User:Jonathan Cline/Notebook/Sensors/20130430

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Microbiology Sensors (2013)

Jonathan Cline

jcline@ieee.org

© 2013

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Engineered Biology - Microbiology Sensors

LED Emitter-Detector Sensors

  • Ocean Optics Oxygen Sensing Technologies

Product Spotlight - NeoFox Sport Oxygen Sensor


Engineered Biology - Microbiology Sensors

LED Emitter-Detector Sensors

  • Ocean Optics Oxygen Sensing Technologies

Optical Non-Intrusive Measurement of Dissolved Oxygen and pH in Wine Processing



Engineered Biology - Microbiology Sensors

Dunham Lab Chemostat Manual

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Engineered Biology - Microbiology Sensors

Dunham Lab Chemostat Manual

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Engineered Biology - Microbiology Sensors

Dunham Lab Chemostat Manual

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Engineered Biology - Microbiology Sensors

Dunham Lab Chemostat Manual

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Engineered Biology - Microbiology Sensors

Quick Visual on Peristaltic Pumps

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Engineered Biology - Microbiology Sensors

Dunham Lab Chemostat Manual

 
Masterflex L/S precision variable speed drive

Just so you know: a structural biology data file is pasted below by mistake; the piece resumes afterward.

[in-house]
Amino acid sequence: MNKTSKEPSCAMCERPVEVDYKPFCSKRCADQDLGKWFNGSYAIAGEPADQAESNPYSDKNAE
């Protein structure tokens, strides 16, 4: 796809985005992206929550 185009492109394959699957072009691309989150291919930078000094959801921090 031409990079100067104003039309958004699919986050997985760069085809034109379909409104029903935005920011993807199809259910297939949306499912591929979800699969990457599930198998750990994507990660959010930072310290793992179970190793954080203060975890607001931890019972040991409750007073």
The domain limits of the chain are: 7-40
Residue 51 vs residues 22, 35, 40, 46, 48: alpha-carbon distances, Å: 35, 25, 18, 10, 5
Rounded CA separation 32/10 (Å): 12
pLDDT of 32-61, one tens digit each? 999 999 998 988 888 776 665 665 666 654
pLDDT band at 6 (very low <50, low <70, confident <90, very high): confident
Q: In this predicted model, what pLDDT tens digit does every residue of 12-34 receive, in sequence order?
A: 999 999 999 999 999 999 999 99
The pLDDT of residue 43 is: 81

EW-07520-50
each, $850
 
Masterflex Standard pump head for L/S 13 tubing
EW-07013-20
each, $112
 
Masterflex PharMed BPT Tubing, L/S #13
EW-06508-13
25'', $67

Does that come with a built-in television?



Engineered Biology - Microbiology Sensors

Dunham Lab Chemostat 'Ministat' Manual

http://dunham.gs.washington.edu/DunhamLabMinistats.pdf?

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Engineered Biology - Microbiology Sensors

Dunham Lab Chemostat 'Ministat' Video

Aaron W. Miller, Corrie Befort, Emily O. Kerr, Maitreya J. Dunham Department of Genome Sciences, University of Washington

"design and operation of a relatively simple, low cost array of miniature chemostats .. in determination of physiology and in evolution experiments with yeast"

JOVE (VIDEO): Design and Use of Multiplexed Chemostat Arrays

Miller, A. W., Befort, C., Kerr, E. O., Dunham, M. J. Design and Use of Multiplexed Chemostat Arrays. J. Vis. Exp. (72), e50262, doi:10.3791/50262 (2013).



Engineered Biology - Microbiology Sensors

Portable LED-array VIS–NIR spectrophotometer/nephelometer

  • 7 DEC 1998

"A portable instrument with a high-speed multiple-wavelength LED array source, and simultaneous detectors for absorbance and 90° nephelometry, was tested from 420 to 950 nm. Absorbance values and simultaneous 90°-scatter intensities at six different wavelengths can be determined and stored every 0.02 s. An advantage of this LED instrument is that its sensitivity is equal to or better than many research-grade spectrophotometers. Also, unlike diode array spectrometers, which emit white light through samples, the LED instrument emits monochromatic light through samples, enabling us to obtain turbidity, turbidity ratio, and particle size information in addition to the absorption spectrum. Field applications can range from simple turbidity and multiple-wavelength absorbance measurements to kinetic experiments with temporal acquisition of multiple-wavelength absorbance and simultaneous turbidity data. Rugged, laptop compatible, portable, and inexpensive, the LED instrument is useful for discrete or on-line VIS–NIR absorption analysis and turbidity, or turbidity ratio, analysis. © 1998 John Wiley & Sons, Inc. Field Analyt Chem Technol 2: 21–28, 1998"



Engineered Biology - Microbiology Sensors